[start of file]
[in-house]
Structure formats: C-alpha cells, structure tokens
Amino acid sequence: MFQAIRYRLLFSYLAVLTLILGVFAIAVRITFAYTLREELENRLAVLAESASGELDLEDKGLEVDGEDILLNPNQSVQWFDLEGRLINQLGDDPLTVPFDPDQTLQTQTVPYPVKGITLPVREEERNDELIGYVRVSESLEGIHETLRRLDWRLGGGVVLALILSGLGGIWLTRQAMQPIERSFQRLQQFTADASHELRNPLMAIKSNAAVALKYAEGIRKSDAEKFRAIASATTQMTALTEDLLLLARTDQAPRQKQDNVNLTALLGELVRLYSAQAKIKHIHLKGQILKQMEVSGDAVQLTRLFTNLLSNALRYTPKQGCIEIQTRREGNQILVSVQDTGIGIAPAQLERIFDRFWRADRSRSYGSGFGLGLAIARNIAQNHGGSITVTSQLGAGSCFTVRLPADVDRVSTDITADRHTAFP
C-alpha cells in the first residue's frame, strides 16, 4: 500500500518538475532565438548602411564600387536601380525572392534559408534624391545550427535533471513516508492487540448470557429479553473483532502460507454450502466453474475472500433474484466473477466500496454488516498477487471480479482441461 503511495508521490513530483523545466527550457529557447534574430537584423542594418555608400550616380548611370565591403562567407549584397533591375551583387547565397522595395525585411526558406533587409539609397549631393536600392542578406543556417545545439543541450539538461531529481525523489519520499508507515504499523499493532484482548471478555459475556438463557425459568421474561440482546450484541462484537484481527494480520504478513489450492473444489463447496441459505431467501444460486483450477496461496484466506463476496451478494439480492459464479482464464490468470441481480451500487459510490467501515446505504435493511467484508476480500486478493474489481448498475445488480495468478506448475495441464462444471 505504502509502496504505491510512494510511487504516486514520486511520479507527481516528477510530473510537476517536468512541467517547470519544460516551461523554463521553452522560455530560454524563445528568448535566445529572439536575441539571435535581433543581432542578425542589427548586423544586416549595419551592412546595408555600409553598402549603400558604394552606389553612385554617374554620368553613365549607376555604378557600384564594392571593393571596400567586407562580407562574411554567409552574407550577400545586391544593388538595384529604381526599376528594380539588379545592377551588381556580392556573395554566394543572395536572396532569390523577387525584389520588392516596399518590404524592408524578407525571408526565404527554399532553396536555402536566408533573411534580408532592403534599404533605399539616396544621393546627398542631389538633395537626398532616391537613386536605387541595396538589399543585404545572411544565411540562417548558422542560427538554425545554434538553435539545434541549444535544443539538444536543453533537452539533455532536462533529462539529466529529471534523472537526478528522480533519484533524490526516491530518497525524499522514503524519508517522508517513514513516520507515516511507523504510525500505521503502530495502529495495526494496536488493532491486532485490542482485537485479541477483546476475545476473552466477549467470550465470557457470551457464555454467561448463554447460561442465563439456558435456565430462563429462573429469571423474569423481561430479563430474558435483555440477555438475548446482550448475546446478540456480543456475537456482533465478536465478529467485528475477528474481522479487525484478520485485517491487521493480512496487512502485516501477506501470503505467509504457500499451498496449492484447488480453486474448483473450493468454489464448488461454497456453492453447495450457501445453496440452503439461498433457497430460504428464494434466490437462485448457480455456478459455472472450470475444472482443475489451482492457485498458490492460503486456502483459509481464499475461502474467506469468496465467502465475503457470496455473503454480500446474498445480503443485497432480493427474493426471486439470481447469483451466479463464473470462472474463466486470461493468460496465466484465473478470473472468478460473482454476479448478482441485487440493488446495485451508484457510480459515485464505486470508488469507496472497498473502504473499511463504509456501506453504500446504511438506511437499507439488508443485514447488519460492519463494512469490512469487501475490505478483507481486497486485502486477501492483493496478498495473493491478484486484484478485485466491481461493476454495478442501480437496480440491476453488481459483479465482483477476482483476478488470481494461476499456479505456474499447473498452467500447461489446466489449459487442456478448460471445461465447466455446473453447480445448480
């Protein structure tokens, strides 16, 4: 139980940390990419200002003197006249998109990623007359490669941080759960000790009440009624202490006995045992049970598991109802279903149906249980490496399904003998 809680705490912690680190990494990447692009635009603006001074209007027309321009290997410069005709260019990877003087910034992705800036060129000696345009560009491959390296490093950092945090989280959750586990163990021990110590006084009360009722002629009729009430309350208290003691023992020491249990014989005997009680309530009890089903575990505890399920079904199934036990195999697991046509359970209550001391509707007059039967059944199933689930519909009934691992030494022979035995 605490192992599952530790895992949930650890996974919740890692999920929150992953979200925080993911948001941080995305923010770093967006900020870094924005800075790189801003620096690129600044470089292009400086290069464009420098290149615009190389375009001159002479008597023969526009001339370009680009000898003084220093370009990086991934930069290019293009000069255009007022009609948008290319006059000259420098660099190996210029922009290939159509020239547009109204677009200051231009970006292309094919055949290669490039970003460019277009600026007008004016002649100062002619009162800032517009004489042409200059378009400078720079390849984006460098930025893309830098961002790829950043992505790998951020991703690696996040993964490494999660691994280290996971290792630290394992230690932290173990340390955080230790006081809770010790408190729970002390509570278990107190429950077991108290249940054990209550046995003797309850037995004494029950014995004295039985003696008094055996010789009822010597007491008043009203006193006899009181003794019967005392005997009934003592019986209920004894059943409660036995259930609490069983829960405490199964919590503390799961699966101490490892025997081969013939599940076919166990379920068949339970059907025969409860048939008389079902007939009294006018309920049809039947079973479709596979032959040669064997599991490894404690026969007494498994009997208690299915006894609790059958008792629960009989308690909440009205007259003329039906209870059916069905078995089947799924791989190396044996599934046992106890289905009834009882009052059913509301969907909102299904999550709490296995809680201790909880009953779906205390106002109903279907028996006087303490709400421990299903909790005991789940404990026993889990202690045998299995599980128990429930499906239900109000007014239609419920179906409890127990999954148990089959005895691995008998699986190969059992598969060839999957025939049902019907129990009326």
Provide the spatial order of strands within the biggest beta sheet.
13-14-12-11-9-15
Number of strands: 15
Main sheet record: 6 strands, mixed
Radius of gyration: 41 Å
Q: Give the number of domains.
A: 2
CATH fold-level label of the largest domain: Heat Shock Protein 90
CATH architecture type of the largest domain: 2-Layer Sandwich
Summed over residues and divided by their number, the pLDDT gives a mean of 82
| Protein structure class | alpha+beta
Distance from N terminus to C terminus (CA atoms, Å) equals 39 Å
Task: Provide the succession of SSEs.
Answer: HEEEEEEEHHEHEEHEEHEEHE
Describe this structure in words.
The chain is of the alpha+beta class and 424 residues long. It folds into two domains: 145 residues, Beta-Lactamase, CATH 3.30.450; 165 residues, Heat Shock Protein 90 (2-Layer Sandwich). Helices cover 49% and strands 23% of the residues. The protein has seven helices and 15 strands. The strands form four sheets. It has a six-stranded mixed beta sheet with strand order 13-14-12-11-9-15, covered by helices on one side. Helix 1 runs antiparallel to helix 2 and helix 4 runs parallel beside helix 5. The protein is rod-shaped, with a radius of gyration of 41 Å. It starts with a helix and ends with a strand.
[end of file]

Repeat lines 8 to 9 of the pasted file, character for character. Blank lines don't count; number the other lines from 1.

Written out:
Number of strands: 15
Main sheet record: 6 strands, mixed